In other words, you feed it a set of musical compositions in a well-defined, preferably narrow, genre and the software will discern general melodies, harmonies, rhythms, beats, timbres, tempos, and transitions and then it will generate a composition using those melodies, harmonies, rhythms, beats, timbres, tempos, transitions and pseudo-randomization that, theoretically, could have been composed by someone who composes that type of music.

Or, you feed it a set of stories in a genre that follow the same 12-stage heroic story arc, and it will generate a similar story (given a wider database of names, places, objects, and worlds). And, if you take it into our realm, you feed it a set of contracts similar to the one you want for the category you just awarded and it will generate a usable contract for you. It Might Happen. Yaah. And monkeys might fly out of my butt!

CHATGPT is a very large multi-modal model that uses deep learning that accepts image and text as inputs and produces outputs expected to be inline with what the top 10% of experts would produce in the categories it is trained for. Deep learning is just another word for a multi-level neural network with massive interconnection between the nodes in connecting layers. (In other words, a traditional neural network may only have 3 levels for processing with nodes only connected to 2 or 3 nearest neighbours on the next level while a deep learning network will have connections to more near neighbors and at least one more level [for initial feature extraction] than a traditional neural network that would have been used in the past.)

How large? Large enough to support approximately 100 Trillion parameters. Large enough to be incomprehensible in size. But not in capability, no matter how good its advocates proclaim it to be. Yes, it can theoretically support as many parameters as the human brain has synapses, but it’s still computing its answers using very simplistic algorithms and learned probabilities, neither of which may be right (in addition to a lack of understanding as to whether or not the inputs we are providing are the right ones). And yes it’s language comprehension is better as the new models realize that what comes after a keyword can be as important, or more, than what came before (as not all grammars, slang, or tones are equal), but the probability of even a ridiculously large algorithm interpreting meaning (without tone, inflection, look, and other no verbal cues when someone is being sarcastic, witty, or argumentative, for example) is still considerably less than a human.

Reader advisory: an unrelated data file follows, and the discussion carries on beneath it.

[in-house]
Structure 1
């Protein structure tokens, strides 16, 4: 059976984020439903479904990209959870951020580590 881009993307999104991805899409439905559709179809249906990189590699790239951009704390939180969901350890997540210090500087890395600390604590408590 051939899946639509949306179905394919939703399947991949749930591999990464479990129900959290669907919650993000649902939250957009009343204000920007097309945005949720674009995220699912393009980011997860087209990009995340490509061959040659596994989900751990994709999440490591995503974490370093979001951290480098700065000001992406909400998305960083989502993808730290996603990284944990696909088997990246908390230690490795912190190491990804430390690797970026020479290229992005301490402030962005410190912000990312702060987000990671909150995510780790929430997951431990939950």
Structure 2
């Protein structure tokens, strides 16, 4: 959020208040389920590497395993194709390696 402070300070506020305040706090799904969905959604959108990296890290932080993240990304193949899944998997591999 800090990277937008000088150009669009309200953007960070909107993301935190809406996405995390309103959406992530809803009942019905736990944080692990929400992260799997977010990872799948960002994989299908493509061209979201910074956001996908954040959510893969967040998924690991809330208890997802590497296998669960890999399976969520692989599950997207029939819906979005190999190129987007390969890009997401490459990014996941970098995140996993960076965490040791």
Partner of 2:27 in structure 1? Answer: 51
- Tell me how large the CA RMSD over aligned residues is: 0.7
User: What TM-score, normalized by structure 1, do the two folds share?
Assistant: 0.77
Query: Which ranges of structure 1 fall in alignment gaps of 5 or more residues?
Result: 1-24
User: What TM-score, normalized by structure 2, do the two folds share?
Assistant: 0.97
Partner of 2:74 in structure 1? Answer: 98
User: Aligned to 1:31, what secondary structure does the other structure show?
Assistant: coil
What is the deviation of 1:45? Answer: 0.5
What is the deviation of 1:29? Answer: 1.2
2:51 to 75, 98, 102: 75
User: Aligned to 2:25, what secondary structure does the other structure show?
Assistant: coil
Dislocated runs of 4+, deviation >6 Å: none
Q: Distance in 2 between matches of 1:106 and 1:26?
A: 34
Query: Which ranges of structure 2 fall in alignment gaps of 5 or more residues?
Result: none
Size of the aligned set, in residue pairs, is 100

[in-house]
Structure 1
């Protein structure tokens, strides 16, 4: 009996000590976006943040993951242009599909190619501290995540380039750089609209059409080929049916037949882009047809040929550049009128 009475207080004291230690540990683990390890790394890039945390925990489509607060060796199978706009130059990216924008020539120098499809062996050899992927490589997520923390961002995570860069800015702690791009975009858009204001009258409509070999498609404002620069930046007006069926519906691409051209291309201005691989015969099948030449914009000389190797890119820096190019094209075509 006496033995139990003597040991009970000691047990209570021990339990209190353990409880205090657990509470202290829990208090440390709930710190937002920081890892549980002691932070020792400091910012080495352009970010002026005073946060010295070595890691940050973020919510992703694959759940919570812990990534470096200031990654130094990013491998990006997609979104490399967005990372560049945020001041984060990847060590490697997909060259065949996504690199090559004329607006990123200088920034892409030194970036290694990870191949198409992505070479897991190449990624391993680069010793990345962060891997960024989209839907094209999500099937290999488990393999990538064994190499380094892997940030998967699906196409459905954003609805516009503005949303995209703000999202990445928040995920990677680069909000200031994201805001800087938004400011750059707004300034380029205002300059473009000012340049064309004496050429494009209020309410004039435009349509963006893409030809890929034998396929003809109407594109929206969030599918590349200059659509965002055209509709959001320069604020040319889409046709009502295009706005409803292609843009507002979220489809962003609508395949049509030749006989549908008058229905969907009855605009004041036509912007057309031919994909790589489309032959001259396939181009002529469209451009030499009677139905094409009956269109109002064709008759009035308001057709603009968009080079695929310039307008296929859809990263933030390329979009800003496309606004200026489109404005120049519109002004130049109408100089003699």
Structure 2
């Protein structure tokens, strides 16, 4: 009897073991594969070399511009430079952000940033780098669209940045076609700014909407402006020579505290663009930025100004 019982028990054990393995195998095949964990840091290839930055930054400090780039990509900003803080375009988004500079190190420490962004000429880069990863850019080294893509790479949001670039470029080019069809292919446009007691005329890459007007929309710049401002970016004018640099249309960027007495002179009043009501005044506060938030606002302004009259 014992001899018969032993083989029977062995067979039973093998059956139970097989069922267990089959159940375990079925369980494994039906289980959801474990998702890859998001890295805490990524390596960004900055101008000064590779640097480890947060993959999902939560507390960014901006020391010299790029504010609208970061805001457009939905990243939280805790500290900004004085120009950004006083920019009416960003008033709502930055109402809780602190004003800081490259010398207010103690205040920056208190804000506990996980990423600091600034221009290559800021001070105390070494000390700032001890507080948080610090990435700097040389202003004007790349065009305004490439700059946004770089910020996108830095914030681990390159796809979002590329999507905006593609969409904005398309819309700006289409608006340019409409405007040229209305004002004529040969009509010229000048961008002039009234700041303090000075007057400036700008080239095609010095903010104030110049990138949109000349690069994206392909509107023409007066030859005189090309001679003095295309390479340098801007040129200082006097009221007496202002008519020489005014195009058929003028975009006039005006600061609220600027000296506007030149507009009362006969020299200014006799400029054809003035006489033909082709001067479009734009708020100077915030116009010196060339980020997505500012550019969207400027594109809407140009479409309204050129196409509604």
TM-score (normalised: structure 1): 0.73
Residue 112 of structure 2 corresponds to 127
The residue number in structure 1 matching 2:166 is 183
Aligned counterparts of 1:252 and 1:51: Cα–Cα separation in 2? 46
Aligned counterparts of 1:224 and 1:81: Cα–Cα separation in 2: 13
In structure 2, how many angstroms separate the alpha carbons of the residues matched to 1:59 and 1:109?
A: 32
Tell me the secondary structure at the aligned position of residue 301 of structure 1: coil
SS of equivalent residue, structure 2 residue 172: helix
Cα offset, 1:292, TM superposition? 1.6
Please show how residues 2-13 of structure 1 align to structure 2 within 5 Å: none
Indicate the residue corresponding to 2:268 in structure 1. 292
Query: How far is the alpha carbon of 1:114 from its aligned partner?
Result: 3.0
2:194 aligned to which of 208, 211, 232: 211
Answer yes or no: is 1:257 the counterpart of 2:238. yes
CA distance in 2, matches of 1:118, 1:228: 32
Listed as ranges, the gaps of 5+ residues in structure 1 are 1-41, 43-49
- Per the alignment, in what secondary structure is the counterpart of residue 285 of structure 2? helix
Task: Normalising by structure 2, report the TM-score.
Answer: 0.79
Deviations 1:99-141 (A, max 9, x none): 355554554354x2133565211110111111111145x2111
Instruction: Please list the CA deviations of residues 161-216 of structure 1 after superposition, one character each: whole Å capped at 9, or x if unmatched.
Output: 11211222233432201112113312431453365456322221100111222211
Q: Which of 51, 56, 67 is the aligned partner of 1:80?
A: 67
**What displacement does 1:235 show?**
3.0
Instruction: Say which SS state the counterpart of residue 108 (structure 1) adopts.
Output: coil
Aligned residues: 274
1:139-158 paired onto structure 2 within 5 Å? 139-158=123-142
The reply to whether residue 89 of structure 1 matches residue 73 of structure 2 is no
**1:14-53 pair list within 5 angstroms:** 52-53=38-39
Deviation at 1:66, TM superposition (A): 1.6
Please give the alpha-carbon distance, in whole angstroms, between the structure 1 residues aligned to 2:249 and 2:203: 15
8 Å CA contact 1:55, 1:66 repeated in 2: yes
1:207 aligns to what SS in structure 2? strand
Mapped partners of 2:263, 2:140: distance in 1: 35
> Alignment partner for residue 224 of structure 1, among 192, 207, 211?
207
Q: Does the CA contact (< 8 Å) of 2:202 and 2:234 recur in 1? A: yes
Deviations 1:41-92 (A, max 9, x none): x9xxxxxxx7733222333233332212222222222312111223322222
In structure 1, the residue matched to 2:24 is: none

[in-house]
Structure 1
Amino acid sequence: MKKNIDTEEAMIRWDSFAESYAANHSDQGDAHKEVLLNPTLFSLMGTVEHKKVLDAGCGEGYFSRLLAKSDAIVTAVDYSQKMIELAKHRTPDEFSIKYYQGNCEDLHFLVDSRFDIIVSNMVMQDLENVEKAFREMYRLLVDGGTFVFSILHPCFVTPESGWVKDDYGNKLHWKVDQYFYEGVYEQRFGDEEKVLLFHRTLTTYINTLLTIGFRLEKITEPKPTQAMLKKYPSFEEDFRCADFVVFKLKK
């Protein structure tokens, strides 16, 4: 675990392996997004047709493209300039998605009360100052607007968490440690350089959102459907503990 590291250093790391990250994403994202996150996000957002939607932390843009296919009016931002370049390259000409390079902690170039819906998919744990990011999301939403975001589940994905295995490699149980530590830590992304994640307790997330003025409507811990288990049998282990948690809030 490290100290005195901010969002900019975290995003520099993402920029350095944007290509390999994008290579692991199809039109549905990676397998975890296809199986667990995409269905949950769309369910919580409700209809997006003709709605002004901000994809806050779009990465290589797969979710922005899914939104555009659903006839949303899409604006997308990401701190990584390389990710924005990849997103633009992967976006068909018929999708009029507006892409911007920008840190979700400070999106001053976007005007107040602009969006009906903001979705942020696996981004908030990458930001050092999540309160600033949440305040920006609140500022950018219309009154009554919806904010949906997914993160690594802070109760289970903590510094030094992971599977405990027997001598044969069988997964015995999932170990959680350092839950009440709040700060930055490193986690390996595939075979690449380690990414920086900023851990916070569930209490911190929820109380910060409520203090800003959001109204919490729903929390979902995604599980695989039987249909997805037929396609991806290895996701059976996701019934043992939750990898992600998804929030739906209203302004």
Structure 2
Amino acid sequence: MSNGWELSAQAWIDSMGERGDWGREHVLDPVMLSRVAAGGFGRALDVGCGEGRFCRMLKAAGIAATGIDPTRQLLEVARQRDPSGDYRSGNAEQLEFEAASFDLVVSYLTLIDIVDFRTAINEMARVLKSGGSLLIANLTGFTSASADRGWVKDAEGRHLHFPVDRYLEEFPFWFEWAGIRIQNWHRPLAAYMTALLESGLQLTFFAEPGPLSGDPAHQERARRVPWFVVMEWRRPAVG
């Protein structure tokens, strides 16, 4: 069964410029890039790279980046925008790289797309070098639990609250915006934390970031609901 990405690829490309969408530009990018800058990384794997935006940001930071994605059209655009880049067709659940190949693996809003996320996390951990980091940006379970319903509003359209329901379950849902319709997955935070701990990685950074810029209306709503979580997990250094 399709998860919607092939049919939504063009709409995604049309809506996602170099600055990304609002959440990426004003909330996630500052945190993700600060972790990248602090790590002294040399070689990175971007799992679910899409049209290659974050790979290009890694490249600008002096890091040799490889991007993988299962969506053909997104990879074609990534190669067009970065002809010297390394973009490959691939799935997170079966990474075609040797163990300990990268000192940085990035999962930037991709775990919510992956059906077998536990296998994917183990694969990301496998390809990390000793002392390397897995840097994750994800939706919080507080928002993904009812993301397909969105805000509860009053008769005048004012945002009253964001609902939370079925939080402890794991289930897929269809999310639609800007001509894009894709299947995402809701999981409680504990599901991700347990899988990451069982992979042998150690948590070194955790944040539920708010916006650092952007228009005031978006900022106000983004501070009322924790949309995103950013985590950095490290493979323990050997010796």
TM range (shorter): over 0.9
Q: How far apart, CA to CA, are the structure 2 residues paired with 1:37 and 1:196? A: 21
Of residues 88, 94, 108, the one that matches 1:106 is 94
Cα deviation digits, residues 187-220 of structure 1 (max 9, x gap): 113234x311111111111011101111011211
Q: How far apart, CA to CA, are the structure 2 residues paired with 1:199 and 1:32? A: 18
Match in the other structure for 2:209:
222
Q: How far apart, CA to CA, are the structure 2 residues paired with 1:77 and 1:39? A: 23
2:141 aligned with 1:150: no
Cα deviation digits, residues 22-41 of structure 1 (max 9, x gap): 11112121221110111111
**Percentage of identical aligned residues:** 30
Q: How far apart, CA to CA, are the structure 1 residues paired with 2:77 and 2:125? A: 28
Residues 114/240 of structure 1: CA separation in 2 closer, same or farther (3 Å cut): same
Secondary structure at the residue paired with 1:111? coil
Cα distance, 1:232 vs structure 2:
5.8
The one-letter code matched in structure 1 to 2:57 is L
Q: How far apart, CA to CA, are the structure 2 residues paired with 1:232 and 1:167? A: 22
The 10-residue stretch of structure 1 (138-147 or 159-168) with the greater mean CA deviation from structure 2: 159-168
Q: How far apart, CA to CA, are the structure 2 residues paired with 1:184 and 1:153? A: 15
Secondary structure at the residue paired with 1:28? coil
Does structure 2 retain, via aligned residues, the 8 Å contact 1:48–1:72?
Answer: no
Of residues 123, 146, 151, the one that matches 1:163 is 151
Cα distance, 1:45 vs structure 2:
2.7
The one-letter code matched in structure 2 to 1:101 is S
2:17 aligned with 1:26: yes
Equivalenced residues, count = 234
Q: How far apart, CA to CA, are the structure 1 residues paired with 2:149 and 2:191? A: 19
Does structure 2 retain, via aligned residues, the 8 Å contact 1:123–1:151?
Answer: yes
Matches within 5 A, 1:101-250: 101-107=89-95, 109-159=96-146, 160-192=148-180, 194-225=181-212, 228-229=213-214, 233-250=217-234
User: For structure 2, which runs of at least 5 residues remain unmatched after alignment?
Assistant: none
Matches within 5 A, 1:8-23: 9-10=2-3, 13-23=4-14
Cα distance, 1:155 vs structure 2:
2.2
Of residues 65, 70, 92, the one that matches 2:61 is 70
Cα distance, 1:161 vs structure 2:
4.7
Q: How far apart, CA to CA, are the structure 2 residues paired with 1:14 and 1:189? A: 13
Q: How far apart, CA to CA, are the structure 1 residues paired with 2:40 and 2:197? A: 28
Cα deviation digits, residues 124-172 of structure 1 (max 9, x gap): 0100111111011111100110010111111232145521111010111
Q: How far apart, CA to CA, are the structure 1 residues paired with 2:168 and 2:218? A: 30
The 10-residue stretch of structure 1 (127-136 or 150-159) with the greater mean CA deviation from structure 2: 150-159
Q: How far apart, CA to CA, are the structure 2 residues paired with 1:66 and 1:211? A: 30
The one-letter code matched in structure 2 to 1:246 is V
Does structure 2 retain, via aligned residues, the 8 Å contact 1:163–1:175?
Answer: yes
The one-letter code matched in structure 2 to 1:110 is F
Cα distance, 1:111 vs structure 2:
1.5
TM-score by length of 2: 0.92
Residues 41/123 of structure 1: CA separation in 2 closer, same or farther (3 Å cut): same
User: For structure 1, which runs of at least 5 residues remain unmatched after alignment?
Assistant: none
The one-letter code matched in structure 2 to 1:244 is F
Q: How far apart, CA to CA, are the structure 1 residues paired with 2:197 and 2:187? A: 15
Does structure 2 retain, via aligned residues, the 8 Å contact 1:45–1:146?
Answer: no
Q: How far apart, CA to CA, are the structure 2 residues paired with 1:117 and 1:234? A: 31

It’s supposed to be able to provide you an answer to any query for which an answer can be provided, but can it? Well, if it interprets your question properly and the answer exists, or a close enough answer exists and enough rules for altering that answer to the answer that you need exists, then yes. Otherwise, no. And yes, over time, it can get better and better … until it screws up entirely and when you don’t know the answer to begin with, how will you know the 5 times in a hundred it’s wrong and which one of those 5 times its so wrong that if you act on it, you are putting yourself, or your organization, in great jeopardy?

And its now being touted as the natural language assistant that can not only answer all your questions on organizational operations and performance but even give you guidance on future planning. I’d have to say … a sphincter says what?

Now, I’m not saying properly applied these Augmented Intelligence tools aren’t useful. They are. And I’m not saying they can’t greatly increase your efficiency. They can. Or that appropriately selected ML/PA techniques can’t improve your automation. They most certainly can.

What I am saying are these are NOT the magic beans the marketers say they are, NOT the giant beanstalk gateway to the sky castle, and definitely NOT the goose that lays the golden egg!

And, to be honest, the emphasis on this pablum, probabilistic, and purposeless third party tech is not only foolish (because a vendor should be selling their solid, specialty built, solution for your supply chain situation) but insulting. By putting this first and foremost in their marketing they’re not only saying they are not smart enough to design a good solution using expert understanding of the problem and an appropriate technological solution but that they think you are stupid enough to fall for their marketing and buy their solution anyway!